The Swiss parliament has today approved the reform of the second pillar pension system in a final vote, after a compromise drafted by a group of members of parliament (MPs) to set aside different views of the two chambers of the Federal Assembly.
The National Council, the lower house of parliament, voted in favour of the reform with 113 yes, 63 no and 15 abstentions. The Council of States, the upper house of parliament, approved the changes to the second pillar with 25 yes, eight no, and five abstentions.
The lower and the upper houses of parliament held a first round of votes on the proposal drawn up by a group of 26 MPs on Wednesday afternoon, and Thursday this week, as reported by IPE.
In the final vote, parliament has agreed to cut the conversion rate used to calculate pension pay-outs – Umwandlungssatz – from 6.8% to 6%, compensating 15 cohorts caught in the transition to the new system with a lifelong supplement on the occupational pension.
People who have accrued savings of CHF215,100 or less at the time of retirement are entitled to the full supplement, that will decrease progressively for retirement savings between CHF215,100 and CHF430,200. People with retirement savings above CHF430,200 will not receive the compensation.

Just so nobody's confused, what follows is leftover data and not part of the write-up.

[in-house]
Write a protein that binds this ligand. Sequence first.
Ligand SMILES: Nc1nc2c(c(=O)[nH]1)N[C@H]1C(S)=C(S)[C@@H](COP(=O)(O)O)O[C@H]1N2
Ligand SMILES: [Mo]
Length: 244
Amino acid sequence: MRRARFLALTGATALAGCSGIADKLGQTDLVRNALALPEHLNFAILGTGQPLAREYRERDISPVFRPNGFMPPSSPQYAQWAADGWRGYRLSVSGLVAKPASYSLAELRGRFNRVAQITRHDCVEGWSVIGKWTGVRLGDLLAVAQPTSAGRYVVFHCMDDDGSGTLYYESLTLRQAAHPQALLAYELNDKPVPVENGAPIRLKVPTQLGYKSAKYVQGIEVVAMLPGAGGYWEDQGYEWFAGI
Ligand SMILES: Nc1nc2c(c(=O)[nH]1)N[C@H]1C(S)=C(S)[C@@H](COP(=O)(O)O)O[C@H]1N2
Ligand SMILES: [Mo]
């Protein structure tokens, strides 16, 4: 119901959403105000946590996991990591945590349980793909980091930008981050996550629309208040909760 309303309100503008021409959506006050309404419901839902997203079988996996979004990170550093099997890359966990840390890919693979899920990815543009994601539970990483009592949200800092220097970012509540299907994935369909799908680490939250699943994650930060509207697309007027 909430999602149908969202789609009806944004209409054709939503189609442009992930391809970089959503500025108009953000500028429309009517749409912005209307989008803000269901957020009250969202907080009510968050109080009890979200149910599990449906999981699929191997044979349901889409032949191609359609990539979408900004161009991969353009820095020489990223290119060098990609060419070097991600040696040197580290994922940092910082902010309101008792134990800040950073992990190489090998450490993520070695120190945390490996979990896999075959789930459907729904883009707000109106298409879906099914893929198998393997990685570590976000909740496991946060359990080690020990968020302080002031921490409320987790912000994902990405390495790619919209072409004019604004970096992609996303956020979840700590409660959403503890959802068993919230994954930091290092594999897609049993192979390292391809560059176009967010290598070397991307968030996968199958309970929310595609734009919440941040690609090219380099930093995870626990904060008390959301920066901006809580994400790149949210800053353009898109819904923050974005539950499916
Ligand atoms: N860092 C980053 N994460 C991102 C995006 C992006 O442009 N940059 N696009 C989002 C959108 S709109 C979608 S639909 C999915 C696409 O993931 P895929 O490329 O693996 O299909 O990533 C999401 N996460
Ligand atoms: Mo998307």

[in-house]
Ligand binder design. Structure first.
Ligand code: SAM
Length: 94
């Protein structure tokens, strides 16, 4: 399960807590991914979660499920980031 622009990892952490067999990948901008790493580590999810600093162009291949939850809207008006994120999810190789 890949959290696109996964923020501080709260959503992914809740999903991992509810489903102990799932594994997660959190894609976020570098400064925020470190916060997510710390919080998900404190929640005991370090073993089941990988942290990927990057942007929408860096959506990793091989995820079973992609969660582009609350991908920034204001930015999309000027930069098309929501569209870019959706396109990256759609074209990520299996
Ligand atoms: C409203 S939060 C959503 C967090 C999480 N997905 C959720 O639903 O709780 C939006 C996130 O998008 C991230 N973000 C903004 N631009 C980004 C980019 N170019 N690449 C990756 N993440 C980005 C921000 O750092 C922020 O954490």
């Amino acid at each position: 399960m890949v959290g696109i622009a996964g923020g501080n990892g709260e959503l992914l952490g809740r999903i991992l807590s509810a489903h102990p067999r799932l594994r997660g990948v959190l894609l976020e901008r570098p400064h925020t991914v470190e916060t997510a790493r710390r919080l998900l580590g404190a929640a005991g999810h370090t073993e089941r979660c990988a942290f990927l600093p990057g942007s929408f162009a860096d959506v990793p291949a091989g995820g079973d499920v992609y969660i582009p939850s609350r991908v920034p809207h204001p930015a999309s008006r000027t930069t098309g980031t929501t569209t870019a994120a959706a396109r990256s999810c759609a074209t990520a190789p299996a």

Parliament has set a fixed salary amount (80%) insured under the second pillar system to pay contributions to Pensionskassen – so-called Koordinationsabzug – a solution that is intended to benefit low-earners and part-time workers, who are often women.
The threshold to join a Pensionskasse would equal under the new regime to a salary of CHF19,845 per year, down from the current annual salary of CHF22,050, meaning that potentially 70,000 new members may join pension funds in the future. The measure costs CHF100m.
The Swiss pension fund association ASIP has criticised the reform, saying in a statement that particularly the compensation for the transitional generation leads to a massive and expensive buildup of pension benefits, a cost on the younger generation’s shoulders.
The reform of the second pillar may now face the public vote through a referendum.
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